The Instability of Freedom as Noninterference: The Case of Isaiah Berlin

Ethics 121 (4):693-716 (2011)
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Abstract

In Hobbes, freedom of choice requires nonfrustration: the option you prefer must be accessible. In Berlin, it requires noninterference: every option, preferred or unpreferred, must be accessible—every door must be open. But Berlin’s argument against Hobbes suggests a parallel argument that freedom requires something stronger still: that each option be accessible and that no one have the power to block access; the doors should be open, and there should be no powerful doorkeepers. This is freedom as nondomination. The claim is that freedom as noninterference is an unstable alternative between freedom as nonfrustration and freedom as nondomination.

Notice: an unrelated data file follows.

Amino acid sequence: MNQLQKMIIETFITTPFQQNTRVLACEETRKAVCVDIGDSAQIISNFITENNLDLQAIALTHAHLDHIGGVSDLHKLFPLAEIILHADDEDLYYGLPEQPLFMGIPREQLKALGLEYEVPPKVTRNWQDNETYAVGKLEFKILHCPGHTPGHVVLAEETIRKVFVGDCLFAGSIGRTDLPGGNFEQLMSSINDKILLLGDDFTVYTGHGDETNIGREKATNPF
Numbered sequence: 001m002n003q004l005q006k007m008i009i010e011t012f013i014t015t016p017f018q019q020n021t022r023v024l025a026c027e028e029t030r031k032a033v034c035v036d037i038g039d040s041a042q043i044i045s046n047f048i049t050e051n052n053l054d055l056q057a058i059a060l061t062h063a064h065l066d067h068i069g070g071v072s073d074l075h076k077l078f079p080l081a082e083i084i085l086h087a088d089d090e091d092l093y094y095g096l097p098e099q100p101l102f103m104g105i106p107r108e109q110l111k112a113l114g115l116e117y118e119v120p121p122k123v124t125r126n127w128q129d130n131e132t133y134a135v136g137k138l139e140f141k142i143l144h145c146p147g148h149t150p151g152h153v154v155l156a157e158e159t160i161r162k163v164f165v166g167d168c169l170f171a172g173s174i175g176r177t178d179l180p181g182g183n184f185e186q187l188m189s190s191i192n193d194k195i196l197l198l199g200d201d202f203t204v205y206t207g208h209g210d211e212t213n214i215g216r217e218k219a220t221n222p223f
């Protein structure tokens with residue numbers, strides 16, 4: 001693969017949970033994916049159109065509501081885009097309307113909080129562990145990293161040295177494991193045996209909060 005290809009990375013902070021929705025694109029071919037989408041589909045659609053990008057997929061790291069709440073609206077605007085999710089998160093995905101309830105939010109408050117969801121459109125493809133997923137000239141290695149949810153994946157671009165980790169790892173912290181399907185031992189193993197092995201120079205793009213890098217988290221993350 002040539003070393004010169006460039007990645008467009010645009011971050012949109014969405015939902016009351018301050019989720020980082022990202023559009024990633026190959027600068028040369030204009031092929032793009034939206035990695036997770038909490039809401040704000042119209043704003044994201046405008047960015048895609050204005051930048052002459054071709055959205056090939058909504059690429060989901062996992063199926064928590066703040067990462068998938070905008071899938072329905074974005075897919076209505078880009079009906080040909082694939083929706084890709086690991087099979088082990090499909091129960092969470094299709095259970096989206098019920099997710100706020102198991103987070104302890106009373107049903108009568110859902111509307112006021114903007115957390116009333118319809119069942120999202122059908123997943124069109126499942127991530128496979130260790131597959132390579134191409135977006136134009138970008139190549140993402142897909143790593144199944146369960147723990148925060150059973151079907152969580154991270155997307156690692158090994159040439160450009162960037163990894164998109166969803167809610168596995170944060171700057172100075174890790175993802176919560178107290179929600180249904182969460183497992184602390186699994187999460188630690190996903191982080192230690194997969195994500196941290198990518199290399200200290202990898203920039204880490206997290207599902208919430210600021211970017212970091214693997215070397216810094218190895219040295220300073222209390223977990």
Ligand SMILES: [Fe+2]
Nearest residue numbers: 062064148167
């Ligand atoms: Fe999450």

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Philip Pettit
Australian National University

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